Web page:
From the time I emerged from college (the first time), prepared for a career in journalism, I felt driven to find ways to be part of the solution to the challenges I saw in the world.
Not quite satisfied with what I contributed as a writer, I pursued a master’s degree in human relations and counseling through University of Oklahoma and began my career as a helping professional in the mid 1990s. I later added post graduate certificates in addiction studies and school counseling, and a doctorate in psychology with an emphasis in psychophysiology from Saybrook University.
In my early work, I helped adults who had developmental disabilities find ways to live independently and experience life to their fullest. Since then, I’ve had the privilege to work with people from diverse backgrounds and circumstances seeking to find their balance, wellbeing and optimal function. Along the journey, I’ve spent time working in community mental health, juvenile justice, private practice and corporate health.
I added neurofeedback and biofeedback to my practice in my work within a residential treatment facility for juvenile delinquents in 2000. Assessment using qEEG came a short time thereafter.
As a counselor, I was seeing young adults who had one last chance at remediation. They had trauma, mental health and behavioral conditions, learning disorders, substance use problems, post concussive incidents and toxic chemical exposures — and usually all rolled up into a single young person! They had tried practically every medication and therapy in the book.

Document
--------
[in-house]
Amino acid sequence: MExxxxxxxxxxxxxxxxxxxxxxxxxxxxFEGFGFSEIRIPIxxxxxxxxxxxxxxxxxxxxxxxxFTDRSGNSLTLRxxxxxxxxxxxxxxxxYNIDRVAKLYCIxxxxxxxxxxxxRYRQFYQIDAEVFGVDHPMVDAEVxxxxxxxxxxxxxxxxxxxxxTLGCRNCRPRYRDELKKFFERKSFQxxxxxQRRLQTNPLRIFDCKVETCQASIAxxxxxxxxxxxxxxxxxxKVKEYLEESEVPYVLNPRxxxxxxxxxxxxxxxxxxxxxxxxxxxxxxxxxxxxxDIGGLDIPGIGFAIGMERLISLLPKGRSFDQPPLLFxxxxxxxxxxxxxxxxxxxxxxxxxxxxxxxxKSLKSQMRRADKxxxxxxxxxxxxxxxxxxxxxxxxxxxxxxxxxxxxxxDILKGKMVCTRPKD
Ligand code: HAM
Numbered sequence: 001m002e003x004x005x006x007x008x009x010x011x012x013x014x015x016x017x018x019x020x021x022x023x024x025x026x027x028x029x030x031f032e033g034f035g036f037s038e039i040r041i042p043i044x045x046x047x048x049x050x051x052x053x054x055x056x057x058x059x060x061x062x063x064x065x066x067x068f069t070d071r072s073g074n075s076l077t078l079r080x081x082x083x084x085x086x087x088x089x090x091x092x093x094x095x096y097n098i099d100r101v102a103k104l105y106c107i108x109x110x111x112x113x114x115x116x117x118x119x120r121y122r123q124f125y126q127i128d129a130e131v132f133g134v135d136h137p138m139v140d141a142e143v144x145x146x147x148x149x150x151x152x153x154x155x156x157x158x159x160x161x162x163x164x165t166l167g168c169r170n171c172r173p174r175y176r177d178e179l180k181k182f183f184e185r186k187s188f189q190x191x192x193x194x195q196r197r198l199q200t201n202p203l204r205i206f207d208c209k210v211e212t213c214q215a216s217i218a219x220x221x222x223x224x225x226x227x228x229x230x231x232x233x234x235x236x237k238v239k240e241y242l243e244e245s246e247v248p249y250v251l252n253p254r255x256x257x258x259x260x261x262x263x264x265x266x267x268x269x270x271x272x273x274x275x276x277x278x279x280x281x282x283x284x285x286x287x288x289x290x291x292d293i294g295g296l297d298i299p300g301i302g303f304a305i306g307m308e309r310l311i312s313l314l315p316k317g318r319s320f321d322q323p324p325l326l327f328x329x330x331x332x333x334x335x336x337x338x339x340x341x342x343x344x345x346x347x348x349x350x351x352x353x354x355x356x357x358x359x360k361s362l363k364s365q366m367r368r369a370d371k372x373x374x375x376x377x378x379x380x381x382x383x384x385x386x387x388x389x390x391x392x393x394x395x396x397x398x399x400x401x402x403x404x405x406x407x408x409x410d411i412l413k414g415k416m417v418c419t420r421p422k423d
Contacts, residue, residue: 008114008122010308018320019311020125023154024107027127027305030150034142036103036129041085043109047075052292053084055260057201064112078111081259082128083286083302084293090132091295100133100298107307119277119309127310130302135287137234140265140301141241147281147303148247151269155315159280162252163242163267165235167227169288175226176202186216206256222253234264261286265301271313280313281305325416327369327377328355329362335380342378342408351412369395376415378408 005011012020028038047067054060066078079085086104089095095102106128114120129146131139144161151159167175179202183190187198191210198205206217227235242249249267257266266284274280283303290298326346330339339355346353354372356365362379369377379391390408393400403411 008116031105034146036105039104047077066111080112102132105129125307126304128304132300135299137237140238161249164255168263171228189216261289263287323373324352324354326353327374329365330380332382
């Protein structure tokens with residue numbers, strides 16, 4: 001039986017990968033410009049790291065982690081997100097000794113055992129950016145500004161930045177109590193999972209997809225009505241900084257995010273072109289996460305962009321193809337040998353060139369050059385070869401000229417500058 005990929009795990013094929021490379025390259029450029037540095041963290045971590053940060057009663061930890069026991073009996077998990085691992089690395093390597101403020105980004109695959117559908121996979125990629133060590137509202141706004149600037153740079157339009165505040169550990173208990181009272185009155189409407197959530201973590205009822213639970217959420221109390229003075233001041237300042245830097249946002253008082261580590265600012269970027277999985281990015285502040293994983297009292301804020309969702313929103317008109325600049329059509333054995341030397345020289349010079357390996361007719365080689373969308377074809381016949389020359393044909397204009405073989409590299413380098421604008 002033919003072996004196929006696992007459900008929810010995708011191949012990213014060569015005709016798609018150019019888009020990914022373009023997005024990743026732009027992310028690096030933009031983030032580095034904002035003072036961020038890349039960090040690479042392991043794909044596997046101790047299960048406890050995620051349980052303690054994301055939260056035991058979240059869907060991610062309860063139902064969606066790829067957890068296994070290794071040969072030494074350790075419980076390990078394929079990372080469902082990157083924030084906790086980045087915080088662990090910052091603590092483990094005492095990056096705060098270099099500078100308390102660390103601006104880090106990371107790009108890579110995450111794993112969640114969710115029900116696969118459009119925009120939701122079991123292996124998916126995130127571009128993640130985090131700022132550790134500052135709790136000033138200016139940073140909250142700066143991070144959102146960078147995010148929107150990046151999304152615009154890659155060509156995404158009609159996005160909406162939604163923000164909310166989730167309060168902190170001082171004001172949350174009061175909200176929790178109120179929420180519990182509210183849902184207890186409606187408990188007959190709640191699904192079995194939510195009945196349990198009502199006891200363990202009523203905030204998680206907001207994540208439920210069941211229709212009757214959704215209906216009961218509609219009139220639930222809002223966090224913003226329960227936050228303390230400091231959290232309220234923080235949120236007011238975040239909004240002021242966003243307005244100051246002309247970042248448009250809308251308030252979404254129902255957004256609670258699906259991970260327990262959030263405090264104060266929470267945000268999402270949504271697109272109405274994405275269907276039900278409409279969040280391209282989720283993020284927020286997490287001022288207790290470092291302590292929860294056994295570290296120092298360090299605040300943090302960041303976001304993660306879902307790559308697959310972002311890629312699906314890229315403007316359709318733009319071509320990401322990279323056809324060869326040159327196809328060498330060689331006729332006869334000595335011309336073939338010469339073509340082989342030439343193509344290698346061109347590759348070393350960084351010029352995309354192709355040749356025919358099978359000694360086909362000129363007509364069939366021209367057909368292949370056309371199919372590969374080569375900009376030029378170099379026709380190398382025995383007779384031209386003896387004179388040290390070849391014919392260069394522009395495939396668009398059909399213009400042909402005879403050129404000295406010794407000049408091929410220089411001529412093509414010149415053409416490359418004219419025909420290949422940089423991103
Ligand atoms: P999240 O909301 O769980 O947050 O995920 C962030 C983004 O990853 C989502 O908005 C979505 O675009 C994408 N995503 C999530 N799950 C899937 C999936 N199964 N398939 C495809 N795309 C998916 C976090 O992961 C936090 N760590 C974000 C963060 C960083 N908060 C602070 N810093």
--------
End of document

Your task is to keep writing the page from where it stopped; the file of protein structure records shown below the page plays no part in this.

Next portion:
I began to question what more I could offer these young men and women to help them toward a better future.
That answer came in the form of neurofeedback and biofeedback. With a structured curriculum integrated into the residential treatment program, the number of restraint interventions decreased, medication need decreased and kids began reporting they made honor role in school — the first time for most of them. The program was documenting these changes and tracking data. Sadly the economic downturn spelled an end to the program in 2010.
Having witnessed the power of psychophysiological therapies to effect change in those I helped, I moved forward professionally within my own private practice. The past decade has indeed been busy!
I continued seeing children with challenges. In addition, I began to see adults and children with chronic disorders, such as pain and epilepsy. With an institute for performing arts nearby, I also began to expand my knowledge in working with optimal performers.
I have been privileged to direct assessment for a neurotherapy group that had clinics throughout Michigan, develop and teach biofeedback for Western Michigan University, and work with Bio-Medical, Thought Technology, and Biofeedback Federation to teach courses, mentor and develop software. I’ve had the opportunity to advise best practice in the field of psychophysiology and to participate in research efforts.
These accomplishments have been very gratifying and it’s a privilege to make a contribution to the advancement of helping therapies. That said, my heart still lives in the opportunity to work with others, to meet them where they are in their journey and to use the tools and skills I have to help them along their way. That goes for those whom I mentor and teach, as well as those who come to me as clients.
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